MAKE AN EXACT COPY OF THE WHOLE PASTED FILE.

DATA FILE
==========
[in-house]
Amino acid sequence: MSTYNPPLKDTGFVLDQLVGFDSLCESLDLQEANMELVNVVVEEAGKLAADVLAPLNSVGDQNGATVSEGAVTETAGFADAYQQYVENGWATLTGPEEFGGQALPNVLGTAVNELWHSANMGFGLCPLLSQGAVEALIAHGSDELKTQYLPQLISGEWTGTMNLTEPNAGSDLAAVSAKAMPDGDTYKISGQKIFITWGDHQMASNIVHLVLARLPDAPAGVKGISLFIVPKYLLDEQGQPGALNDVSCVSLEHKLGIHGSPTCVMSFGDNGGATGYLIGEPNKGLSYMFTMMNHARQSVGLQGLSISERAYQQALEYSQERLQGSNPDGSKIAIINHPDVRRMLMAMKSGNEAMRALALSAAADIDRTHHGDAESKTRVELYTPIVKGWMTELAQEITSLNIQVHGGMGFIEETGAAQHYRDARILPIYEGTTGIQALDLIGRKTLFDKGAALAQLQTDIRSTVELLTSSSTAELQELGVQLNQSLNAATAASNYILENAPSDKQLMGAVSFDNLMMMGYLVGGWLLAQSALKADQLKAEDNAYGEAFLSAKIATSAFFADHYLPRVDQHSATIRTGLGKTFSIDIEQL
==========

[in-house]
Amino acid sequence: MSTYNPPLKDTGFVLDQLVGFDSLCESLDLQEANMELVNVVVEEAGKLAADVLAPLNSVGDQNGATVSEGAVTETAGFADAYQQYVENGWATLTGPEEFGGQALPNVLGTAVNELWHSANMGFGLCPLLSQGAVEALIAHGSDELKTQYLPQLISGEWTGTMNLTEPNAGSDLAAVSAKAMPDGDTYKISGQKIFITWGDHQMASNIVHLVLARLPDAPAGVKGISLFIVPKYLLDEQGQPGALNDVSCVSLEHKLGIHGSPTCVMSFGDNGGATGYLIGEPNKGLSYMFTMMNHARQSVGLQGLSISERAYQQALEYSQERLQGSNPDGSKIAIINHPDVRRMLMAMKSGNEAMRALALSAAADIDRTHHGDAESKTRVELYTPIVKGWMTELAQEITSLNIQVHGGMGFIEETGAAQHYRDARILPIYEGTTGIQALDLIGRKTLFDKGAALAQLQTDIRSTVELLTSSSTAELQELGVQLNQSLNAATAASNYILENAPSDKQLMGAVSFDNLMMMGYLVGGWLLAQSALKADQLKAEDNAYGEAFLSAKIATSAFFADHYLPRVDQHSATIRTGLGKTFSIDIEQL